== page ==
GREENSPRINGS — The U.S. Bureau of Land Management wants to use 91 acres in the Cascade-Siskiyou National Monument to demonstrate how it plans to reduce hazardous fuels near rural homes.

GREENSPRINGS — The U.S. Bureau of Land Management wants to use 91 acres in the Cascade-Siskiyou National Monument to demonstrate how it plans to reduce hazardous fuels near rural homes.

The proposed demonstration project calls for using burning and thinning on six locations within the wildland-urban interface in the 52,947-acre monument. The burning would include both lighting hand piles and under-burning, which involves burning the brush and small vegetation on the forest floor.

BLM officials will lead a field tour of the six locations at 10 a.m. Saturday beginning at the Pinehurst Elementary School some 22 miles east of Ashland off Highway 66. Participants should bring a lunch for the four- to five-hour tour.

The demonstration units are spread throughout the interface area near residences and private property along the highway in the Greensprings community.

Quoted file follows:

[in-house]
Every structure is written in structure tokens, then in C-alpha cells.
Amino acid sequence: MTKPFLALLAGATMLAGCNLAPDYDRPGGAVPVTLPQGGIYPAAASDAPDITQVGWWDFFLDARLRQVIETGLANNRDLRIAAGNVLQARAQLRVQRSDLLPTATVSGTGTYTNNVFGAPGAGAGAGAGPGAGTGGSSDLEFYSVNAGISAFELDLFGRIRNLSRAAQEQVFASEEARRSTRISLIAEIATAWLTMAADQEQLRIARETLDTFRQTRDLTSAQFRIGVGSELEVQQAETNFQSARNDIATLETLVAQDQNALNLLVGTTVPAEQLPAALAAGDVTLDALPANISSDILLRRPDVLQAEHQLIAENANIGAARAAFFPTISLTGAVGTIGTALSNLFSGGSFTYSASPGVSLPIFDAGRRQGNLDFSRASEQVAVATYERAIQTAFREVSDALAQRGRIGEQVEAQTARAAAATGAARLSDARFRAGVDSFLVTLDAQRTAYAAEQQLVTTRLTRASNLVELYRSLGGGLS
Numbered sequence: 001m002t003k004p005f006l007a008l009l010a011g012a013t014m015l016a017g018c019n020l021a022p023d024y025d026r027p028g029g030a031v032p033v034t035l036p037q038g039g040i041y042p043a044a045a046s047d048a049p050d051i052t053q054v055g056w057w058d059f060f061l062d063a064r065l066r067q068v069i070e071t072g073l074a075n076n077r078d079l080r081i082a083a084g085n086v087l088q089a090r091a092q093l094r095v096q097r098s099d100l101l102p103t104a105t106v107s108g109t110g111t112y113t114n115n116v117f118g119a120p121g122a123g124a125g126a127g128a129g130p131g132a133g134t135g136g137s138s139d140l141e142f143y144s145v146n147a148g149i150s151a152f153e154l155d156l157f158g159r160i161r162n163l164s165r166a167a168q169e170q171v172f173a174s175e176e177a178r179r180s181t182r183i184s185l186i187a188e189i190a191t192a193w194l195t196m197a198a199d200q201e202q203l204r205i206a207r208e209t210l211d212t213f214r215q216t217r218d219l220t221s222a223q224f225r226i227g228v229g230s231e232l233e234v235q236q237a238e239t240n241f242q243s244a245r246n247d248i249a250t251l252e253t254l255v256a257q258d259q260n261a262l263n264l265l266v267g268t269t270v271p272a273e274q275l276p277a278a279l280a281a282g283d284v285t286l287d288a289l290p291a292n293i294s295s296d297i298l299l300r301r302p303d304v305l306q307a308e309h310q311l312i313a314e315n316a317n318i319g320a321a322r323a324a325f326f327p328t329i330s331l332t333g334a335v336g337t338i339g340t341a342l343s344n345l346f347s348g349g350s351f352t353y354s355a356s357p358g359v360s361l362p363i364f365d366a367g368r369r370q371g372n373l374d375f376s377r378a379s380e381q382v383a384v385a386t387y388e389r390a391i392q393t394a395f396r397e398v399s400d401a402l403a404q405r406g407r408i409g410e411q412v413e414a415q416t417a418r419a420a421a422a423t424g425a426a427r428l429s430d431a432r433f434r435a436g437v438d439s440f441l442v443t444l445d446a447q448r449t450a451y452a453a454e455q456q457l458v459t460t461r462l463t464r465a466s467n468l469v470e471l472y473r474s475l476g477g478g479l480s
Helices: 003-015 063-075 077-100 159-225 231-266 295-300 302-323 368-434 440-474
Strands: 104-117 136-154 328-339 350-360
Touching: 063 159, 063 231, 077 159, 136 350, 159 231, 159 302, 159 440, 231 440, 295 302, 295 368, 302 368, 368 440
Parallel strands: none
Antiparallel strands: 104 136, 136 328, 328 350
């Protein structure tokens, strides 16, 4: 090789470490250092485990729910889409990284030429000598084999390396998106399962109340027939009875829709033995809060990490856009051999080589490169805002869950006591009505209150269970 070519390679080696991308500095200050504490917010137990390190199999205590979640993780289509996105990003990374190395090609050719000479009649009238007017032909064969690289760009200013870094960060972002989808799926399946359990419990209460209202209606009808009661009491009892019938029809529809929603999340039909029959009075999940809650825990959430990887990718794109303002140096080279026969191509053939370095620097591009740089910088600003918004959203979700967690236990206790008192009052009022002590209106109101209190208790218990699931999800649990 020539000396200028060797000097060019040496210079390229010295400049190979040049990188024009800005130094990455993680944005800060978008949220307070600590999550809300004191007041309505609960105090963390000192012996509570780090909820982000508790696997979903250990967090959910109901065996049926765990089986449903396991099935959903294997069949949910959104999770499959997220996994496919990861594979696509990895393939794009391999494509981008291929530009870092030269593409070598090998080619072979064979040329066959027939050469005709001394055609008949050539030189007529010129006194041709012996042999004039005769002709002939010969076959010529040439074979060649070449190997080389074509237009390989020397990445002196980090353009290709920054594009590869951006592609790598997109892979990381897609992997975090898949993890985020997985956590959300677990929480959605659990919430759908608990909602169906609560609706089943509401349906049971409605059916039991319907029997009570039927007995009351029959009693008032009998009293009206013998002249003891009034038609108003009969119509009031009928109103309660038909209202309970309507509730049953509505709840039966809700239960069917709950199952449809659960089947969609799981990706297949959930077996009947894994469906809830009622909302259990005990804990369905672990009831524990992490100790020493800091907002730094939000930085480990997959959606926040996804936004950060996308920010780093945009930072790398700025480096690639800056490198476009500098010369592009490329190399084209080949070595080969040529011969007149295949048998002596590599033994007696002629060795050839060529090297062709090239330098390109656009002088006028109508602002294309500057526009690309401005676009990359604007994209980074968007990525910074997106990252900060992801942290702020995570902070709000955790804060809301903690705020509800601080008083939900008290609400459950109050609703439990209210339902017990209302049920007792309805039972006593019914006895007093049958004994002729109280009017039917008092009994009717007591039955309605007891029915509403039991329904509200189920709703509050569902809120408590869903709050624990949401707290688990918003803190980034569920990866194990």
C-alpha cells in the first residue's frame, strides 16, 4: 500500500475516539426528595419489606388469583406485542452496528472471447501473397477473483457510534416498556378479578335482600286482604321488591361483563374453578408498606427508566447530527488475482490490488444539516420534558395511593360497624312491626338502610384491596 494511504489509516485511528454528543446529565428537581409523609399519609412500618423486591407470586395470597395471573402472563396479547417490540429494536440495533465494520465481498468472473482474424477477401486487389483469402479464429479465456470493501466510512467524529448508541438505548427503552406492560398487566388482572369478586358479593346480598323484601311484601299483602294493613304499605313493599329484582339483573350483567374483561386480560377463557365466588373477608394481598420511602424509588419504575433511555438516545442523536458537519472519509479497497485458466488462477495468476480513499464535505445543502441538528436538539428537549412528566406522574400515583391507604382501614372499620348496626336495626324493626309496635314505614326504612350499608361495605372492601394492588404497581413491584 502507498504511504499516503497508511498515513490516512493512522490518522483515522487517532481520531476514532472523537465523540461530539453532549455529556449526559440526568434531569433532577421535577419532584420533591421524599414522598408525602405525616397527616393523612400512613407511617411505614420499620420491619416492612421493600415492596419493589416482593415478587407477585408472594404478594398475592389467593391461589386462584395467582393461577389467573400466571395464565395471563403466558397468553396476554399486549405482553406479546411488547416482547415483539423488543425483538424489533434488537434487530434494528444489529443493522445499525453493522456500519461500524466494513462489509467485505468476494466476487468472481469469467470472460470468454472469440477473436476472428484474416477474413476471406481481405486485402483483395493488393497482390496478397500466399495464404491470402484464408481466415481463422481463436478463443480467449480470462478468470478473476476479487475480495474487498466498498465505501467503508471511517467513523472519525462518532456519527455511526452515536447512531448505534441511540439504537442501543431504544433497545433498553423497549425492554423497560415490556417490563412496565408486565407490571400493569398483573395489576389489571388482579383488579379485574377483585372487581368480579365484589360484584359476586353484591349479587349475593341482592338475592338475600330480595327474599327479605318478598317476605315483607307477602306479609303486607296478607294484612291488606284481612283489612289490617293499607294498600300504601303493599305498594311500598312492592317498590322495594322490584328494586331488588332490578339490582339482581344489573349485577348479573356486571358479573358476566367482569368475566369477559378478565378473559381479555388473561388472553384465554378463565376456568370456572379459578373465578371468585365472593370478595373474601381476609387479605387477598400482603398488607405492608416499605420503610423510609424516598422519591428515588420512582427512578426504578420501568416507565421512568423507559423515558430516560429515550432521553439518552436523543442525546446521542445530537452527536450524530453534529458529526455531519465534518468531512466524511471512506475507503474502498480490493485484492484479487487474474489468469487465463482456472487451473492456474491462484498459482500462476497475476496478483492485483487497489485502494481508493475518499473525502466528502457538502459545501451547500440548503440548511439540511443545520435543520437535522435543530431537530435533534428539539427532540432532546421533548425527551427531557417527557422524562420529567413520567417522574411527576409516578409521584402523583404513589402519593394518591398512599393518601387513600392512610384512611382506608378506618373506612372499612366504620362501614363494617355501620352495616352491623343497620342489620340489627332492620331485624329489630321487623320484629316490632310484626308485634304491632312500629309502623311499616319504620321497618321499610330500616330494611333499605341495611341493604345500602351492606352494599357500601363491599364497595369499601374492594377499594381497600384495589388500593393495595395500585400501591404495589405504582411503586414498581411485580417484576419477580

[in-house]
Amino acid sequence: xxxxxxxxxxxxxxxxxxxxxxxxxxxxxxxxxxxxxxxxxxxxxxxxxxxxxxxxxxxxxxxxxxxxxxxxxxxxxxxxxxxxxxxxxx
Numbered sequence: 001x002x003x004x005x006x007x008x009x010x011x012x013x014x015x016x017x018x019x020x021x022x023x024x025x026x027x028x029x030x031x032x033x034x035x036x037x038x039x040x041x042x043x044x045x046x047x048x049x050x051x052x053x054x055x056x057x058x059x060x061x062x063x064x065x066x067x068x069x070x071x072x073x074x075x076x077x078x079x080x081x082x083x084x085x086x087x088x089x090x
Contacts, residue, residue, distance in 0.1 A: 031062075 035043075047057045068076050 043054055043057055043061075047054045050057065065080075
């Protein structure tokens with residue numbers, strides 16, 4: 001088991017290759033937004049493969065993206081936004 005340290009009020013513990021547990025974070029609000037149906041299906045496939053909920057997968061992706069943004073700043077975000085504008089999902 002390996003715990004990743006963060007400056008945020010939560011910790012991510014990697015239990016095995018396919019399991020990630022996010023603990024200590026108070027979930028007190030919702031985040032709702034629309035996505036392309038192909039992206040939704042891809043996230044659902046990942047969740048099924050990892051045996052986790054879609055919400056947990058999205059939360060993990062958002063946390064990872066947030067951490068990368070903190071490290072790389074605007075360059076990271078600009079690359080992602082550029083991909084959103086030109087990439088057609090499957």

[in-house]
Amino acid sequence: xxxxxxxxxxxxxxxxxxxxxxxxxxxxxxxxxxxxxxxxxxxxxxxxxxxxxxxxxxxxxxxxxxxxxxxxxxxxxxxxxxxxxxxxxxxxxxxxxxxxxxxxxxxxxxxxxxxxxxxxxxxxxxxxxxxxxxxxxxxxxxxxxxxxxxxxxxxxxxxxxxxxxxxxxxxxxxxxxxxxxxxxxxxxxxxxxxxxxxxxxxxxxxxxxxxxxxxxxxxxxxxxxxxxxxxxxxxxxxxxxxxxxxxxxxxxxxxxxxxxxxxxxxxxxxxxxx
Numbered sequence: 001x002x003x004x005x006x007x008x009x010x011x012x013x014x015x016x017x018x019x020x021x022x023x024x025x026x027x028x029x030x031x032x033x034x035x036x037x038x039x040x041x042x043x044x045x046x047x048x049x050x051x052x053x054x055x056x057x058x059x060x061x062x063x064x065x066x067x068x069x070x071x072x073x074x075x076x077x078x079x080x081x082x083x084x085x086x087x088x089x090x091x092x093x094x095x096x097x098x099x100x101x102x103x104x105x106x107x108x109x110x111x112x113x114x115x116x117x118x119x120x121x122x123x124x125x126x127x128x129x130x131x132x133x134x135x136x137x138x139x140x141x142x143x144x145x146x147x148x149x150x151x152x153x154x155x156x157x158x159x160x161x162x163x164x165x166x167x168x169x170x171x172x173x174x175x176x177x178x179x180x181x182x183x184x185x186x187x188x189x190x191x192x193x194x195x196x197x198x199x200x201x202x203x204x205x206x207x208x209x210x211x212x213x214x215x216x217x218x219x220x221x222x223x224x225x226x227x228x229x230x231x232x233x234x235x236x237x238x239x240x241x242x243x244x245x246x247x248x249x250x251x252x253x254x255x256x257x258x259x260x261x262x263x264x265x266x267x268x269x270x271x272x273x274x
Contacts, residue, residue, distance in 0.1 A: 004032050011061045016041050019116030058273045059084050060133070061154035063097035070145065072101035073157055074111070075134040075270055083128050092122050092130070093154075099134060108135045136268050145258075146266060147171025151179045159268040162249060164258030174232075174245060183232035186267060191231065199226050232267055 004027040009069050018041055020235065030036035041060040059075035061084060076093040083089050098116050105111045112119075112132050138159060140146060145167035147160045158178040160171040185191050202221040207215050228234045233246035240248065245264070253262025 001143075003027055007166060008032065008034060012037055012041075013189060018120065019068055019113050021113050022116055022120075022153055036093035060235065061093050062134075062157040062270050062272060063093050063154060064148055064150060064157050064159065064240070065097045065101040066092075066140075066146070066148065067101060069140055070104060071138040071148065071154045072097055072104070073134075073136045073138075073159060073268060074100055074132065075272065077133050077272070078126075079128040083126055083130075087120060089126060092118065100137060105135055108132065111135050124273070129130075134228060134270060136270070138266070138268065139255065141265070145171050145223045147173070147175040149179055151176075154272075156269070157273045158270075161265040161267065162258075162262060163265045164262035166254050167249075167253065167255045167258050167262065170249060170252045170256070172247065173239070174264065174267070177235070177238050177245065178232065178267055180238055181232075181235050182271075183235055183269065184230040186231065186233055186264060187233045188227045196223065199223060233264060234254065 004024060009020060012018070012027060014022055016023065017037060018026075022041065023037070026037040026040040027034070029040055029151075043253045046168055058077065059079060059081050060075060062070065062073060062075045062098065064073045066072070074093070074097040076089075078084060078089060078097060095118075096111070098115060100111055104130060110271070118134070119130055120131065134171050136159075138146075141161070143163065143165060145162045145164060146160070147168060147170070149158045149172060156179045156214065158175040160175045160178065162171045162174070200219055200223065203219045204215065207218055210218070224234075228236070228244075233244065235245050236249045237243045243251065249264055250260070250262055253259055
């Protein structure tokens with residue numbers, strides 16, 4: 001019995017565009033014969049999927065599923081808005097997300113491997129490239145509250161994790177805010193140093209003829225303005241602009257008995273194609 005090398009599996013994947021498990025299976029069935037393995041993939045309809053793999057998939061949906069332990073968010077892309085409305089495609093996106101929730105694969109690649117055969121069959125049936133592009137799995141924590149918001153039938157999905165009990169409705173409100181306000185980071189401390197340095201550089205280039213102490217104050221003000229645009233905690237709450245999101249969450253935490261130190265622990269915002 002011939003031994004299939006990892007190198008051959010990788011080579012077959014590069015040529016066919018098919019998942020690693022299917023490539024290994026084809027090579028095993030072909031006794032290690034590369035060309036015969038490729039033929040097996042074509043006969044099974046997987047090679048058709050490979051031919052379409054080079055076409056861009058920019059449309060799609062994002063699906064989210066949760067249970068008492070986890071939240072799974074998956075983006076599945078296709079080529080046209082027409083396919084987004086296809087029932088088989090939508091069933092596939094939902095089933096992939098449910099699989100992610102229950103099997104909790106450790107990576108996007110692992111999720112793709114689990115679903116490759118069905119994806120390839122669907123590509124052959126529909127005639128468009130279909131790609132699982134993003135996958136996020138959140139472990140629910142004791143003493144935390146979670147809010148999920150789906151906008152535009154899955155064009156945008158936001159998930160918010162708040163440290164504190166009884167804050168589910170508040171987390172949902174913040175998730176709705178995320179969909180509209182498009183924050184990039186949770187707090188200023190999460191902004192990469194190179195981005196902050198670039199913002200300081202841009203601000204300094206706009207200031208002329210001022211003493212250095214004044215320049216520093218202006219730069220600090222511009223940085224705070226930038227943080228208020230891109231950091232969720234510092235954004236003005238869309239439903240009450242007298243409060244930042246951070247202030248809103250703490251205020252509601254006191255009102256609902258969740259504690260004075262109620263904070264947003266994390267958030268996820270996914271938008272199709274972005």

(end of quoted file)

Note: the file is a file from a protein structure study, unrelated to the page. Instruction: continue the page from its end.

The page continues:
The Oregon Depart­ment of Forestry has identified the Greensprings area as a "com­munity at risk" for a summer wildfire spreading from public to private lands. While the majority of the private lands in the area have been recently treated to reduce fire hazards, the demonstration units would be the BLM's first step in completing the overall community wildfire protection strategy, officials said.

Fire suppression over the past century has significantly changed the vegetation in the area, creating dense stands of white fir and Douglas fir at the expense of sugar pine, ponderosa pine and incense cedar, according to fire experts. In addition to altering the historic structure of forest stands and fire-dependent plant communities, fire exclusion has created conditions that have produced excessive ground and ladder fuels, increasing the potential for stand-replacement fires, they add.

However, if the agency moves ahead with its demonstration project, it wouldn't be until next year at the earliest that the work on the ground would be done, said Howard Hunter, the BLM's assistant monument manager.

"We hope to make a decision this winter," he said. "We would have to do an environmental assessment. And we would have a lot of access issues to resolve before it could happen."

Anyone with questions about the demonstration project should contact Gerritsma at 618-2200, Hunter at 618-2256 or Kevin Kocarek at 618-2261.

For more information, including a map, check out the BLM's Medford District Web site at http://www.blm.gov/or/districts/medford/plans/index.php.

Reach reporter Paul Fattig at 776-4496 or e-mail him at pfattig@mailtribune.com.